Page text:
The Surge in Self-Funded Search

In this article, I delve into the evolving landscape of self-funded search.

Self-Funded Search: A Category on the Rise

Since I first entered the search fund space in 2015 with an unknown and new startup called, this space has undergone significant growth and evolution. Having been around since the 1980s, the traditional model of a pool of investors mentoring and providing capital for an MBA student to search for and acquire a small to medium sized business was just about everyone’s focus.

I recall when I first heard of the self-funded search model being touted at Harvard as an alternative to the traditional search. The most common reaction I received from new entrants to the ecosystem was “What, you can live off savings or your spouse for two years and buy a business with just a loan!?” It seemed fantastical to those aspiring acquisition entrepreneurs. Back then, the self-funded model and later the accelerators/incubators were always discussed and judged in relation to the traditional search fund model which was the gold standard.

Some may argue that I’m making this call too soon.  But,  based on what I saw and heard at the Self-Funded Search Conference, my guts says that the traction that self-funded search has gained in recent years means it is now establishing itself as a genuine category or sub-niche with its own set of practices and principles. Searchfunder, the Search Fund Coalition, SMBash, SBA lenders, individual investors and many others have played a substantial role in laying the foundation for the explosive growth in aspiring self-funded searchers. However, the Search Investment Group has played an especially pivotal role this year in leading this effort through the launch of the first-ever Self-Funded Search Survey and establishing the not-for-profit Self-Funded Search Association. From these nascent beginnings, I foresee a time in the not too distant future where MBA and Ph.D students in Entrepreneurial Studies will be able to conduct research projects concerning self-funded search.

Diversity and Inclusion within Self-Funded Search

One notable aspect of self-funded search is its appeal to a broad and diverse range of entrepreneurs. The Self-Funded Search Conference had a far more diverse pool of attendees compared to what I see for the traditional model. A remarkable number of attendees of color at the Self-Funded Search Conference expressed their initial hesitation in signing up for this first-ever conference because it would be predominantly a white “boys club,” where they might feel out of place or excluded. However, they were pleasantly surprised to find representation that reflected a wide range of backgrounds, fostering a greater sense of belonging and increasing their confidence levels about whether search funds might be right for them.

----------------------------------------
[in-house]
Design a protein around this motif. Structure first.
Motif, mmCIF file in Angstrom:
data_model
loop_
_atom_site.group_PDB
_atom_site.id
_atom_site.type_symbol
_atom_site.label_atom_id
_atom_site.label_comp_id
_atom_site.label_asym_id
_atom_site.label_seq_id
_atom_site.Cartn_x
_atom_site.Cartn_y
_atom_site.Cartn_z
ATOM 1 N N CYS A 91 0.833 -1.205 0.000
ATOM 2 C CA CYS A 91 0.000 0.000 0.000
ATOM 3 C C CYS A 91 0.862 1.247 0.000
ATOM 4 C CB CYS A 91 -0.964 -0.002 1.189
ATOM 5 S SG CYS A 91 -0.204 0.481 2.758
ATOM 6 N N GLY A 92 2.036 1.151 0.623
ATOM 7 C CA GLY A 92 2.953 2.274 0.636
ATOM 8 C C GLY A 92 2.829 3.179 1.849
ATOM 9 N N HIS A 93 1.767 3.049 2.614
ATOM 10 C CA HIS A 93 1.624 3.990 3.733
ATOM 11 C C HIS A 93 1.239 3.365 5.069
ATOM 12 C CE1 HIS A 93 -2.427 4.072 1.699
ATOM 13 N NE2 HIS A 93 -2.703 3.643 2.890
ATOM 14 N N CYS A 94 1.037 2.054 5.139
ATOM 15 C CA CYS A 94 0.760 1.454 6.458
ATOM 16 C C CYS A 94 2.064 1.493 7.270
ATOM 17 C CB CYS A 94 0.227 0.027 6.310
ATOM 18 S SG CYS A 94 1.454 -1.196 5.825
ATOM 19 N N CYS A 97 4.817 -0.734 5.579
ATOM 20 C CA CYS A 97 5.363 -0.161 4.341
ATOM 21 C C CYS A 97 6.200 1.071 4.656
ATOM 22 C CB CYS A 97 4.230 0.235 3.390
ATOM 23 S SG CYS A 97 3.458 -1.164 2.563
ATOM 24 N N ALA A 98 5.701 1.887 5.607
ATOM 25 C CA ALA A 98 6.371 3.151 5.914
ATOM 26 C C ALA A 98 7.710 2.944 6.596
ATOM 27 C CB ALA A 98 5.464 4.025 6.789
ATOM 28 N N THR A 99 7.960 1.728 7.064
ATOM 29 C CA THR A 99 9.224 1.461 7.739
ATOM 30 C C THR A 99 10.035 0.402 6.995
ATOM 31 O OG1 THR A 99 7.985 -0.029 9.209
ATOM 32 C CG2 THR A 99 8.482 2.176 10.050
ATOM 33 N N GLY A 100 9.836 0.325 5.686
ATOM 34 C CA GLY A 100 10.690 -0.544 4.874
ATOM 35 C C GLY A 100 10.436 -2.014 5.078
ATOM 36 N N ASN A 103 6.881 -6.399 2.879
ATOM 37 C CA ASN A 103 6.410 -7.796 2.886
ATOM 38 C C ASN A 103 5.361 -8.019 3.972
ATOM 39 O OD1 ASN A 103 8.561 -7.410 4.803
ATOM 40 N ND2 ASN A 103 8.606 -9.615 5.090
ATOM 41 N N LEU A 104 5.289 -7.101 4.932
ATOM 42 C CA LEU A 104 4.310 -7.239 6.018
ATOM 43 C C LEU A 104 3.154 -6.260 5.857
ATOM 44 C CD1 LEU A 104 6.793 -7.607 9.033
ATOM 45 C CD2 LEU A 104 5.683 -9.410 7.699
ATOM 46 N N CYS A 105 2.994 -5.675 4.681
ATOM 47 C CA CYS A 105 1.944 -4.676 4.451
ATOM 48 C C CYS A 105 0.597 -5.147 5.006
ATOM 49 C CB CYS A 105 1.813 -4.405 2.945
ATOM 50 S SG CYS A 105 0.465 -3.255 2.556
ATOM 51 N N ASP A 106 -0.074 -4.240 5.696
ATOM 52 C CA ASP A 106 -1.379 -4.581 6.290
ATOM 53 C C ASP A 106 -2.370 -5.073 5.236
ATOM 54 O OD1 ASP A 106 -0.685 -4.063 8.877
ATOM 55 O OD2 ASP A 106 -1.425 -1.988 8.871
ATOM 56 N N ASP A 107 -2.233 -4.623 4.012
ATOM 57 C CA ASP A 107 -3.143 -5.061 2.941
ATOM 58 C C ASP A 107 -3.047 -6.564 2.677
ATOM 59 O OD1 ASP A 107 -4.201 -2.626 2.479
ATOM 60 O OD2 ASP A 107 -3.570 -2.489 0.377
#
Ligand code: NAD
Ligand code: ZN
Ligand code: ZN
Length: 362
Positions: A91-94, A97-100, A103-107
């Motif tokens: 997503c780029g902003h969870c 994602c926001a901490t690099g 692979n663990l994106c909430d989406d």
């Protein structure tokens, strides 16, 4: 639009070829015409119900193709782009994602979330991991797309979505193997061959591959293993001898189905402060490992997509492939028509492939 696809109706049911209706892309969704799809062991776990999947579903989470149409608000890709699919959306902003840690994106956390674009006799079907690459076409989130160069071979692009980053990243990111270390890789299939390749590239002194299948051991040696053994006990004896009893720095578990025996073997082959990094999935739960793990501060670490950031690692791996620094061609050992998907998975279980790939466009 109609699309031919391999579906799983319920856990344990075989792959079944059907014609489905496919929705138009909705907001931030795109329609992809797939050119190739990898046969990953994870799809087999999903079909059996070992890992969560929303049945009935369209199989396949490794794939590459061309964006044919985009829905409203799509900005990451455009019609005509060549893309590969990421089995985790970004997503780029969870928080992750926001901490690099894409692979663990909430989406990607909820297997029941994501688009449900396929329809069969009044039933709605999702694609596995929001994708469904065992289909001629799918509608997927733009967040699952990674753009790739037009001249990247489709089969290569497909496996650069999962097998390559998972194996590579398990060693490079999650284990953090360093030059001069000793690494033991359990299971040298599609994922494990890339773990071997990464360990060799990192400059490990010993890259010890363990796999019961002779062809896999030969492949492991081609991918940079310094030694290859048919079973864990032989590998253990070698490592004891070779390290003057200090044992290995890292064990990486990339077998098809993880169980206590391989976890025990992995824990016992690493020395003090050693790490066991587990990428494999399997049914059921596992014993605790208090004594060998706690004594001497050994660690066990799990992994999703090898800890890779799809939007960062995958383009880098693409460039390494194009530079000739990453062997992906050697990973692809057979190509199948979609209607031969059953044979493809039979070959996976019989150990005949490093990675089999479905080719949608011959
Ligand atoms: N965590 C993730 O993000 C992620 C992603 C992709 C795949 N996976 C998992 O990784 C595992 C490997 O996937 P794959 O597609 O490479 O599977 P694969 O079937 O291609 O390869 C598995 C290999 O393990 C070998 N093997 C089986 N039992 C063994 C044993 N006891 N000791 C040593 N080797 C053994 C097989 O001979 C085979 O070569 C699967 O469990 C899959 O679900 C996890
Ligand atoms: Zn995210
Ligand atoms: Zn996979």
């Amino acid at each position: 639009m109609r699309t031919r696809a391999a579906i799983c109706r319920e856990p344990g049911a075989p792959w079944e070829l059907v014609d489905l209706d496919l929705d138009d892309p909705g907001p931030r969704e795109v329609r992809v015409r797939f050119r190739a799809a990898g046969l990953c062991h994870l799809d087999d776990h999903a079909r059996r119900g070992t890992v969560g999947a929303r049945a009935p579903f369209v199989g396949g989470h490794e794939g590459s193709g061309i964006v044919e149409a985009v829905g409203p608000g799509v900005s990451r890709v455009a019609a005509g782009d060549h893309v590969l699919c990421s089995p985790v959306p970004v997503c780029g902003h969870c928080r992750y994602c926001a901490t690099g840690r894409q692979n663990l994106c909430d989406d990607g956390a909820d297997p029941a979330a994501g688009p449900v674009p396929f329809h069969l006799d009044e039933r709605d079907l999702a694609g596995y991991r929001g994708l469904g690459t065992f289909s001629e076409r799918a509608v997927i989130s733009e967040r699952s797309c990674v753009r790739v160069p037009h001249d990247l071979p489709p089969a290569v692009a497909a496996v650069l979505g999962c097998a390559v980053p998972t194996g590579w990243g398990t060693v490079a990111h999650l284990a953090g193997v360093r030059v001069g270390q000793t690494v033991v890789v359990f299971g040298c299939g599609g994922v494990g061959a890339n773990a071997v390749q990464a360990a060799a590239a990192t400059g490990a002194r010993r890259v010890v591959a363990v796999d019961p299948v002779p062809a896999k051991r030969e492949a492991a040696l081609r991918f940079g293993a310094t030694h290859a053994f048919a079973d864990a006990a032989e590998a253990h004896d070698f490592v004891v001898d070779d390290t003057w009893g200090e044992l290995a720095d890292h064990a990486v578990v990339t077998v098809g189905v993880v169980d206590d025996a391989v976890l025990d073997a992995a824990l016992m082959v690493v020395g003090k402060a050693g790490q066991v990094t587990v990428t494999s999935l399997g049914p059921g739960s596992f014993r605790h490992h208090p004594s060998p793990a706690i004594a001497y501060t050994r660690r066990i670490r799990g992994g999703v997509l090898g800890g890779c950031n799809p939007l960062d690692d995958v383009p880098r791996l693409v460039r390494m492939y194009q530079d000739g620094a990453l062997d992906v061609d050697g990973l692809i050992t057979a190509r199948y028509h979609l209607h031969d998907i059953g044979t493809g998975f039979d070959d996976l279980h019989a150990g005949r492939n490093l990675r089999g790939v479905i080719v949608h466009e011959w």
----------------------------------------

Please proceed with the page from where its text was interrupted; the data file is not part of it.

An equal number of attendees of color expressed enthusiasm for the self-funded model as a means to build inter-generational wealth, while also providing some much-needed reprieve from the daily experiences of racism, gender bias, and subtle discrimination present in their corporate environments. They were looking forward to building business cultures that reflected their values.

Their obvious relief underscores the potential of self-funded search to address systemic challenges and provide a more inclusive path for entrepreneurs of color and women.

When I entered the search fund community in 2015, I found only one other woman of color in the space operating her business in Africa. For quite a long time, I felt like a one-woman band trumpeting diversity, equity, and inclusion in an empty theatre.  While I hoped that the search fund space would not replicate the systemic issues of other areas of the finance world, I often harbored fears it would.  So, it was a joyful delight to see such increased diversity at the Self-Funded Search Conference, even while recognizing there is still much work to be done regarding diversity, equity, and inclusion in this space. Nonetheless, the gathering momentum of progress augurs well for the investors providing gap funding, the lenders, and the searchers themselves.

In sum, self-funded search is experiencing rapid growth and evolving while  appealing to and empowering a diverse range of acquisition entrepreneurs. The increasing momentum coupled with continued dedication to DEI issues holds great promise for a more inclusive future for this category.